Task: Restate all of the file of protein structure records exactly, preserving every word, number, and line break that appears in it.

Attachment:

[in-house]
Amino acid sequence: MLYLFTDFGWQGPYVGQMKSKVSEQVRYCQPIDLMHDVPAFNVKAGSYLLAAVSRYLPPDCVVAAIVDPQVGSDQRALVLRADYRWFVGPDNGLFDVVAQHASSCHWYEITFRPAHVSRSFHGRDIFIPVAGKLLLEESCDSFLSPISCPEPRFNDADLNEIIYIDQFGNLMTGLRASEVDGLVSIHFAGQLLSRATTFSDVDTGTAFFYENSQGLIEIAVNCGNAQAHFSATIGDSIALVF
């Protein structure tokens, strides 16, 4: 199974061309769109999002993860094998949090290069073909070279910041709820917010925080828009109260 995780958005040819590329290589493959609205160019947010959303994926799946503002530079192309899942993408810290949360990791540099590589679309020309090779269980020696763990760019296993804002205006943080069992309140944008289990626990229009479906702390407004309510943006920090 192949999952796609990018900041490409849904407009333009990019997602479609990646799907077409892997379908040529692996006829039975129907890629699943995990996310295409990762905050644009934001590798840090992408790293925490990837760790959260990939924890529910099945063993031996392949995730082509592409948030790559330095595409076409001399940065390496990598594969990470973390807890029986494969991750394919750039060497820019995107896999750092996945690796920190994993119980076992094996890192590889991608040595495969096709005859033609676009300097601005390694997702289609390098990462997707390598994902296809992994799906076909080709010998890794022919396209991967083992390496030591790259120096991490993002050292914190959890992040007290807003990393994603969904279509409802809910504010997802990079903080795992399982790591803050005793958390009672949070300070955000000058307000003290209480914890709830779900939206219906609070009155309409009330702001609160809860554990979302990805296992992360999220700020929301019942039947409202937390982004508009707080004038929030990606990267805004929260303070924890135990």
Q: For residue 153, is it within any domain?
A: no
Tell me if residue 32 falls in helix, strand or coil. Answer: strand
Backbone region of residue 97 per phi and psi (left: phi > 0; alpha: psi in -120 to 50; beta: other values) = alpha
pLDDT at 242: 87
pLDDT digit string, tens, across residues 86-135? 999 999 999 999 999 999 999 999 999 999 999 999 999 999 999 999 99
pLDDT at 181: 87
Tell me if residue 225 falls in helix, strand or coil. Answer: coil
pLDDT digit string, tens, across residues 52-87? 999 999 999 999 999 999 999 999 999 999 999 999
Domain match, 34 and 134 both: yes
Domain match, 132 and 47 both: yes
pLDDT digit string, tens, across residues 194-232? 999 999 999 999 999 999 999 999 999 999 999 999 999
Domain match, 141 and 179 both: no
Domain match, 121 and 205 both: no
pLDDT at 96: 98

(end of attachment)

[in-house]
Amino acid sequence: MLYLFTDFGWQGPYVGQMKSKVSEQVRYCQPIDLMHDVPAFNVKAGSYLLAAVSRYLPPDCVVAAIVDPQVGSDQRALVLRADYRWFVGPDNGLFDVVAQHASSCHWYEITFRPAHVSRSFHGRDIFIPVAGKLLLEESCDSFLSPISCPEPRFNDADLNEIIYIDQFGNLMTGLRASEVDGLVSIHFAGQLLSRATTFSDVDTGTAFFYENSQGLIEIAVNCGNAQAHFSATIGDSIALVF
């Protein structure tokens, strides 16, 4: 199974061309769109999002993860094998949090290069073909070279910041709820917010925080828009109260 995780958005040819590329290589493959609205160019947010959303994926799946503002530079192309899942993408810290949360990791540099590589679309020309090779269980020696763990760019296993804002205006943080069992309140944008289990626990229009479906702390407004309510943006920090 192949999952796609990018900041490409849904407009333009990019997602479609990646799907077409892997379908040529692996006829039975129907890629699943995990996310295409990762905050644009934001590798840090992408790293925490990837760790959260990939924890529910099945063993031996392949995730082509592409948030790559330095595409076409001399940065390496990598594969990470973390807890029986494969991750394919750039060497820019995107896999750092996945690796920190994993119980076992094996890192590889991608040595495969096709005859033609676009300097601005390694997702289609390098990462997707390598994902296809992994799906076909080709010998890794022919396209991967083992390496030591790259120096991490993002050292914190959890992040007290807003990393994603969904279509409802809910504010997802990079903080795992399982790591803050005793958390009672949070300070955000000058307000003290209480914890709830779900939206219906609070009155309409009330702001609160809860554990979302990805296992992360999220700020929301019942039947409202937390982004508009707080004038929030990606990267805004929260303070924890135990």
Q: For residue 153, is it within any domain?
A: no
Tell me if residue 32 falls in helix, strand or coil. Answer: strand
Backbone region of residue 97 per phi and psi (left: phi > 0; alpha: psi in -120 to 50; beta: other values) = alpha
pLDDT at 242: 87
pLDDT digit string, tens, across residues 86-135? 999 999 999 999 999 999 999 999 999 999 999 999 999 999 999 999 99
pLDDT at 181: 87
Tell me if residue 225 falls in helix, strand or coil. Answer: coil
pLDDT digit string, tens, across residues 52-87? 999 999 999 999 999 999 999 999 999 999 999 999
Domain match, 34 and 134 both: yes
Domain match, 132 and 47 both: yes
pLDDT digit string, tens, across residues 194-232? 999 999 999 999 999 999 999 999 999 999 999 999 999
Domain match, 141 and 179 both: no
Domain match, 121 and 205 both: no
pLDDT at 96: 98